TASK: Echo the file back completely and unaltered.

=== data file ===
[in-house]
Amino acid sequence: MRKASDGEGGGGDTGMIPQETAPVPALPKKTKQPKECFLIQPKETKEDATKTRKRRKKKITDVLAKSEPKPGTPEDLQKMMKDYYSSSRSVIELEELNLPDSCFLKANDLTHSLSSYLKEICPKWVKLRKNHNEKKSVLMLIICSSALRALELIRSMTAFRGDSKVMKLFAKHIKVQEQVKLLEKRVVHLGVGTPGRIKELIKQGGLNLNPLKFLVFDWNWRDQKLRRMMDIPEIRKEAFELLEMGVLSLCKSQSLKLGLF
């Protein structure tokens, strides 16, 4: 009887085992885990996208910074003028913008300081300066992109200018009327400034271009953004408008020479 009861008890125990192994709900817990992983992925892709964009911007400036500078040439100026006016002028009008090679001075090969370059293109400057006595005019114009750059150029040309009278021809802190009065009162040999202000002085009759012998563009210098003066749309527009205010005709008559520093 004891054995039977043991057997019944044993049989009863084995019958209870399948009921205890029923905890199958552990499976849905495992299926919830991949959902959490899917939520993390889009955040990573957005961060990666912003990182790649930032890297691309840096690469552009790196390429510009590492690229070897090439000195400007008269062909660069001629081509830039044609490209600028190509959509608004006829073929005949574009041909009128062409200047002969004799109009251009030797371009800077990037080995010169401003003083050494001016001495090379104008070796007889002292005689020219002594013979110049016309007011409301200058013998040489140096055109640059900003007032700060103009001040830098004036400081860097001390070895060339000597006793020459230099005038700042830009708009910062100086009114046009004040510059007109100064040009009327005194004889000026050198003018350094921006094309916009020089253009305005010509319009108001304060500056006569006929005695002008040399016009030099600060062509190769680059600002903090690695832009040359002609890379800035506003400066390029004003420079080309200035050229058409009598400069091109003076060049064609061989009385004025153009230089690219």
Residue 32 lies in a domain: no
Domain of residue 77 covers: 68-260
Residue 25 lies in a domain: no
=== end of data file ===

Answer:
[in-house]
Amino acid sequence: MRKASDGEGGGGDTGMIPQETAPVPALPKKTKQPKECFLIQPKETKEDATKTRKRRKKKITDVLAKSEPKPGTPEDLQKMMKDYYSSSRSVIELEELNLPDSCFLKANDLTHSLSSYLKEICPKWVKLRKNHNEKKSVLMLIICSSALRALELIRSMTAFRGDSKVMKLFAKHIKVQEQVKLLEKRVVHLGVGTPGRIKELIKQGGLNLNPLKFLVFDWNWRDQKLRRMMDIPEIRKEAFELLEMGVLSLCKSQSLKLGLF
């Protein structure tokens, strides 16, 4: 009887085992885990996208910074003028913008300081300066992109200018009327400034271009953004408008020479 009861008890125990192994709900817990992983992925892709964009911007400036500078040439100026006016002028009008090679001075090969370059293109400057006595005019114009750059150029040309009278021809802190009065009162040999202000002085009759012998563009210098003066749309527009205010005709008559520093 004891054995039977043991057997019944044993049989009863084995019958209870399948009921205890029923905890199958552990499976849905495992299926919830991949959902959490899917939520993390889009955040990573957005961060990666912003990182790649930032890297691309840096690469552009790196390429510009590492690229070897090439000195400007008269062909660069001629081509830039044609490209600028190509959509608004006829073929005949574009041909009128062409200047002969004799109009251009030797371009800077990037080995010169401003003083050494001016001495090379104008070796007889002292005689020219002594013979110049016309007011409301200058013998040489140096055109640059900003007032700060103009001040830098004036400081860097001390070895060339000597006793020459230099005038700042830009708009910062100086009114046009004040510059007109100064040009009327005194004889000026050198003018350094921006094309916009020089253009305005010509319009108001304060500056006569006929005695002008040399016009030099600060062509190769680059600002903090690695832009040359002609890379800035506003400066390029004003420079080309200035050229058409009598400069091109003076060049064609061989009385004025153009230089690219």
Residue 32 lies in a domain: no
Domain of residue 77 covers: 68-260
Residue 25 lies in a domain: no